Goals in sight (St. Peter's Square, Vatican) - Stefanien Pietschmann - Vatican - view from st peters basilica - italy

Goals in sight

If a long-term goal is already in sight, it is still a long and confusing way to achieve it. Yet, staying on track becomes a real challenge when too many of its aspects pile up. In this case, the lack of structure and understanding becomes an unsolvable challenge. Hence, one can quickly feel overwhelmed and lost.

In such situations, it’s essential not to lose motivation though things often seem hopeless because, in many cases, this would mean giving up on something you value. Instead of blaming yourself one day for what you did not even tried, a simple break might be the better alternative. As it allows you to get a distant view of the goals you already have, it can eventually bring you back on track.

This picture shows the view of St. Peter’s Square and Via della Conciliazione seen from the dome of St. Peter’s Basilica. You can enjoy the city from this perspective if you climb your way to the top of the dome. Usually, the square is full of tourists but because of the pandemic, there were still many travel restrictions and therefore, Rome and also the Vatican were quite empty. I have visited this basilica in July 2021 while I was staying in Rome, Italy.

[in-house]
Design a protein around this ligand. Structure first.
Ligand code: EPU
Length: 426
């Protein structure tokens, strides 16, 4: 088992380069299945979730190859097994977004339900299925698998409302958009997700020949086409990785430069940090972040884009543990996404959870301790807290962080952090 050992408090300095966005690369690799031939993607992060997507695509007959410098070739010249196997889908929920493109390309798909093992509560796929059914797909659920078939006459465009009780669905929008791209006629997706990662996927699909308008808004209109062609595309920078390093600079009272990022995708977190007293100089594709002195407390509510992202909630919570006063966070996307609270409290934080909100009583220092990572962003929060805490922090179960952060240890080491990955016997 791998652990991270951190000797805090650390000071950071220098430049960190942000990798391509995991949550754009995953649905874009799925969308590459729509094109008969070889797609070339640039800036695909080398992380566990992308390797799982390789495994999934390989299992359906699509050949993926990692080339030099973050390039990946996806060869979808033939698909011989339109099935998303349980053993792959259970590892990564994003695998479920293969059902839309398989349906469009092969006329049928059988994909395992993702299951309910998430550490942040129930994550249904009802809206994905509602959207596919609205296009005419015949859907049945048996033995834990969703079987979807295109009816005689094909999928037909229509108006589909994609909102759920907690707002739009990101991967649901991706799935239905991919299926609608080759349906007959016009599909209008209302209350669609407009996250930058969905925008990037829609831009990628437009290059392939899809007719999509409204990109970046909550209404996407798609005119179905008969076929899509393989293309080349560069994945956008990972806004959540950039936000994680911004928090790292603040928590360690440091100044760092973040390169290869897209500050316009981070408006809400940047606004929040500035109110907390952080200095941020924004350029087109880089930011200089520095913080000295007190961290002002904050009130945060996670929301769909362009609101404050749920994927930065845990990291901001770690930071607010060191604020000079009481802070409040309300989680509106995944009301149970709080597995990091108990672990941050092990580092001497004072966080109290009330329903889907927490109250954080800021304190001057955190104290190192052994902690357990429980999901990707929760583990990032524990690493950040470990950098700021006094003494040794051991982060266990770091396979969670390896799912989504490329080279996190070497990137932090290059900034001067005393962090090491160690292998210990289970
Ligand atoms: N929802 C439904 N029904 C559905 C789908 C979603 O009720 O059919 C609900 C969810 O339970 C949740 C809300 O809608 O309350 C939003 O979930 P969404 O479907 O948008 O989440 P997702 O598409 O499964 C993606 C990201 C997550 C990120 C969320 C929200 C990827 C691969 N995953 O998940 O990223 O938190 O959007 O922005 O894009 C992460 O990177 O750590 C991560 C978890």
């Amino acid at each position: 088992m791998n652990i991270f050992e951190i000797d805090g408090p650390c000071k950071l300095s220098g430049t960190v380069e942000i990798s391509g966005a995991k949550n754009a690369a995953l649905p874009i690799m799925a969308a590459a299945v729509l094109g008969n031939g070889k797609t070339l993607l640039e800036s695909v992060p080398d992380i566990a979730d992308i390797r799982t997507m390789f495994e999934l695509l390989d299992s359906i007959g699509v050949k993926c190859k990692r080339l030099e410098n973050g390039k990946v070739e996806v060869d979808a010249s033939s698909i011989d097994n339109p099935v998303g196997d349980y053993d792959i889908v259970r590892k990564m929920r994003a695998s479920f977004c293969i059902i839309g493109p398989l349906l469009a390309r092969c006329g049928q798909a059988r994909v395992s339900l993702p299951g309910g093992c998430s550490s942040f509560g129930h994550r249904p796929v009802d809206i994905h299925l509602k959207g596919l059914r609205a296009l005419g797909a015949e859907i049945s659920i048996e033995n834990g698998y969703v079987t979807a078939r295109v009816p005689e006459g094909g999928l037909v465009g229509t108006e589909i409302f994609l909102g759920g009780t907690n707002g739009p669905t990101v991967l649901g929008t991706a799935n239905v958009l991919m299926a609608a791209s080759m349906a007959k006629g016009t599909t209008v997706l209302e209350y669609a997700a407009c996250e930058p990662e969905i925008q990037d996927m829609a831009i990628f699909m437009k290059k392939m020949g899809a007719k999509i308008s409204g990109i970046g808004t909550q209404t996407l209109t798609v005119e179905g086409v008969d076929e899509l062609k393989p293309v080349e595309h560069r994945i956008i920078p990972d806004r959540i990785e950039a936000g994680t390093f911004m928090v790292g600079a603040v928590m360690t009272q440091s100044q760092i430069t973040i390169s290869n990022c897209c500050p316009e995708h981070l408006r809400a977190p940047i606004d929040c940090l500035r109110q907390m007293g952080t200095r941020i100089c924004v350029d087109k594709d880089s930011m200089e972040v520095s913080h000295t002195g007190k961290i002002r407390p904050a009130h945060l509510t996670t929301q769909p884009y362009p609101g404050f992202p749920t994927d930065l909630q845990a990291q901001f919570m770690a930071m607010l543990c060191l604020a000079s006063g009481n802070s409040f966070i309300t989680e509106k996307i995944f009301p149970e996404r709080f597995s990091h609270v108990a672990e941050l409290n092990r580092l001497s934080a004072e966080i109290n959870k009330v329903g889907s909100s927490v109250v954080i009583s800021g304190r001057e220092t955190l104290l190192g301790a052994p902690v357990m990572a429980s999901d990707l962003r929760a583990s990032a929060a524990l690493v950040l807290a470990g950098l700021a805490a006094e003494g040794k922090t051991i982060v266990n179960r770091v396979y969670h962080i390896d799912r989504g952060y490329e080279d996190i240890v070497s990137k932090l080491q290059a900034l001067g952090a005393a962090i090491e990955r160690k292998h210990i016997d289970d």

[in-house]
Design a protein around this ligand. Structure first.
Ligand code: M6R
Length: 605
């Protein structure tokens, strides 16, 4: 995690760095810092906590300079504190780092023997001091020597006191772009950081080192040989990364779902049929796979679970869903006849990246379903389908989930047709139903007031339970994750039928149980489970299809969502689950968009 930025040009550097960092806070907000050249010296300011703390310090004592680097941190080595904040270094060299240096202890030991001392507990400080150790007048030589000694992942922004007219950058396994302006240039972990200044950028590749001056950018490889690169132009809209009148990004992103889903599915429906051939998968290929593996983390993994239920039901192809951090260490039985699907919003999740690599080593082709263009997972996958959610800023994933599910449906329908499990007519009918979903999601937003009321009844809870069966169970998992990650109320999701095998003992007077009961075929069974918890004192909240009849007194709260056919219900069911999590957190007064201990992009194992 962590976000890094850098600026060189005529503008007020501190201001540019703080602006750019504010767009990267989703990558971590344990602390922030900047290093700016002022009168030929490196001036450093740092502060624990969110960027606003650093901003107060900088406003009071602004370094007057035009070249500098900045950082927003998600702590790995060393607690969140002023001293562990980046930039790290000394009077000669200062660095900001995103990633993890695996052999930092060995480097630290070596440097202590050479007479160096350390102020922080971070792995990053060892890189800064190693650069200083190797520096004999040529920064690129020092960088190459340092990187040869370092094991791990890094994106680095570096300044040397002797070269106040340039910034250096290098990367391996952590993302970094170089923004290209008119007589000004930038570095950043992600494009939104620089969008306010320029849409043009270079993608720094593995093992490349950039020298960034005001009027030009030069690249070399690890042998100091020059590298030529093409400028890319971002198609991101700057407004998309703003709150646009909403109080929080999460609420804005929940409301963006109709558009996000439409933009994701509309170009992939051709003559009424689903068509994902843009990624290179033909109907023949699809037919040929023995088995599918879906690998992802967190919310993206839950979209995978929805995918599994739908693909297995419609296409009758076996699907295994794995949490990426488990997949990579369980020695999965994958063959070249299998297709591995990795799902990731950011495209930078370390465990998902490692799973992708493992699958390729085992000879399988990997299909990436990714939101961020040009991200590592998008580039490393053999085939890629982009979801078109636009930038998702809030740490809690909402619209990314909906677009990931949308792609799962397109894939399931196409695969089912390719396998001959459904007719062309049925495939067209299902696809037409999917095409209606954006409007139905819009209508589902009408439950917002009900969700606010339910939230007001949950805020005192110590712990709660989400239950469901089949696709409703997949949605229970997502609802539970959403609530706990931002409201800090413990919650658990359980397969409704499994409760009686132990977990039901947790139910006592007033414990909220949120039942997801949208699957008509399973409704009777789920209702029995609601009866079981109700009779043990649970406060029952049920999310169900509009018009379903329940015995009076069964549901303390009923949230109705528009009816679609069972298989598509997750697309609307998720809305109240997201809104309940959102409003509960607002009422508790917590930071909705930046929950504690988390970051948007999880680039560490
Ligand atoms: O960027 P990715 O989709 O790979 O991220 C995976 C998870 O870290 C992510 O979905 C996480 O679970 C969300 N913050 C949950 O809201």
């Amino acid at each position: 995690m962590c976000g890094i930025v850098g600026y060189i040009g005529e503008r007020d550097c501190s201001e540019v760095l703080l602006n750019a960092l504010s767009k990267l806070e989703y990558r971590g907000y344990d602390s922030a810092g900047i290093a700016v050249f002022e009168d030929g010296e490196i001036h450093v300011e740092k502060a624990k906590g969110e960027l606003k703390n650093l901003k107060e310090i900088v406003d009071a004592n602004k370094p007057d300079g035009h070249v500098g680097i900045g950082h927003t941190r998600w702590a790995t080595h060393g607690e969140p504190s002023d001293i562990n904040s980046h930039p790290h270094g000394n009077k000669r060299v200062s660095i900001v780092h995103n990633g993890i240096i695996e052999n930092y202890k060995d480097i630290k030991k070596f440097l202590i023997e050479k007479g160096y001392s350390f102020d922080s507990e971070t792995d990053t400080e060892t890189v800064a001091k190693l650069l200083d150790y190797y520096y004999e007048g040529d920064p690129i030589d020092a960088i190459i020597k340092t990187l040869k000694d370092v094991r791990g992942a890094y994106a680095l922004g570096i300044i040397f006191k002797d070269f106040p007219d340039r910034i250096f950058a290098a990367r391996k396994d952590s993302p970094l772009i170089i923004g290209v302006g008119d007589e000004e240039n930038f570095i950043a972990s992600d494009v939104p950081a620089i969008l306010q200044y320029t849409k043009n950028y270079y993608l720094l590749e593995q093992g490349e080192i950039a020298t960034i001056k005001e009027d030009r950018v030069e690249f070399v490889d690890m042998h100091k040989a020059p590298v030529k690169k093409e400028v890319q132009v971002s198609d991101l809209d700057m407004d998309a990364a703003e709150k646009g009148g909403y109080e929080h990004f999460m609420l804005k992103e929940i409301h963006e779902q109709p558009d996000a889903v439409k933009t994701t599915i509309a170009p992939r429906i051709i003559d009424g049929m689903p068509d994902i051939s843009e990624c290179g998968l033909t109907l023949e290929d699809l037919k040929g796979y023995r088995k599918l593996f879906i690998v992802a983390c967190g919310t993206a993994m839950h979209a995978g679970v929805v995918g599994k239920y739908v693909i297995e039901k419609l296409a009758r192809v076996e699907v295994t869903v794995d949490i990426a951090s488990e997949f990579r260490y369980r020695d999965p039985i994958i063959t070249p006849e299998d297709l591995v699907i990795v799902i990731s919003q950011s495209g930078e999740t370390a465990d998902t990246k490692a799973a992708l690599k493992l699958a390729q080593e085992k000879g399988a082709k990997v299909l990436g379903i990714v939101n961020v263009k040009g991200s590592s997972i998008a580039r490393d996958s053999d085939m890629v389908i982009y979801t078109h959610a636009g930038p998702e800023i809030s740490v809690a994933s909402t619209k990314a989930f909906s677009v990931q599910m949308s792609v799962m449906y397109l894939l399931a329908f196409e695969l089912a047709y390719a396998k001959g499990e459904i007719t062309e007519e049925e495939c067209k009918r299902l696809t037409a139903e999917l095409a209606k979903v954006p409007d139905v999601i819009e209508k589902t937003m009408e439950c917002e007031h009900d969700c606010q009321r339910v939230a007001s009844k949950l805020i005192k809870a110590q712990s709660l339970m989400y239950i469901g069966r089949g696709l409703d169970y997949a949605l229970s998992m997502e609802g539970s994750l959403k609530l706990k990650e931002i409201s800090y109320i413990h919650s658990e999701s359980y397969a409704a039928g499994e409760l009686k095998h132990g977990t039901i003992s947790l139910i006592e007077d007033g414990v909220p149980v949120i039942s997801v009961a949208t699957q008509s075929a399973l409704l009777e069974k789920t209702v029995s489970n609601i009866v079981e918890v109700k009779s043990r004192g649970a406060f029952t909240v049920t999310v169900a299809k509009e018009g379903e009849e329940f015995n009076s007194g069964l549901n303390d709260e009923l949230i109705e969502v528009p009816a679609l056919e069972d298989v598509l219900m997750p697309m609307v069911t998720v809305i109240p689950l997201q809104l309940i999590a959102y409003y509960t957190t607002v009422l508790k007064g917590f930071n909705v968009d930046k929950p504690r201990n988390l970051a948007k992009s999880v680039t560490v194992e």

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2 thoughts on “Goals in sight (St. Peter’s Square, Vatican)”

  1. The German poet Goethe did the same 1786:

    “Lastly we ascended the roof of the church, where one finds, in little, the plan of a well-built city,—houses and magazines, springs (in appearance, at least), churches, and a great temple, all in the air, and beautiful walks between. We mounted the dome, and saw glistening before us the regions of the Apennines, Soracte, and toward Tivoli, the volcanic hills,—Frascati, Castel-gandolfo, and the plains, and, beyond all, the sea. Close at our feet lay the whole city of Rome in its length and breadth, with its mountain palaces, domes, etc. Not a breath of air was moving, and in the upper dome it was (as they say) like being in a hothouse. When we had looked enough at these things, we went down, and they opened for us the doors in the cornices of the dome, the tympanum, and the nave. There is a passage all round, and from above you can take a view of the whole church and of its several parts. As we stood on the cornices of the tympanum, we saw beneath us the Pope, passing to his midday devotions. Nothing, therefore, was wanting to make our view of St. Peter’s perfect. We at last descended to the area, and took, in a neighbouring hotel, a cheerful but frugal meal, and then set off for St. Cecilia’s…”

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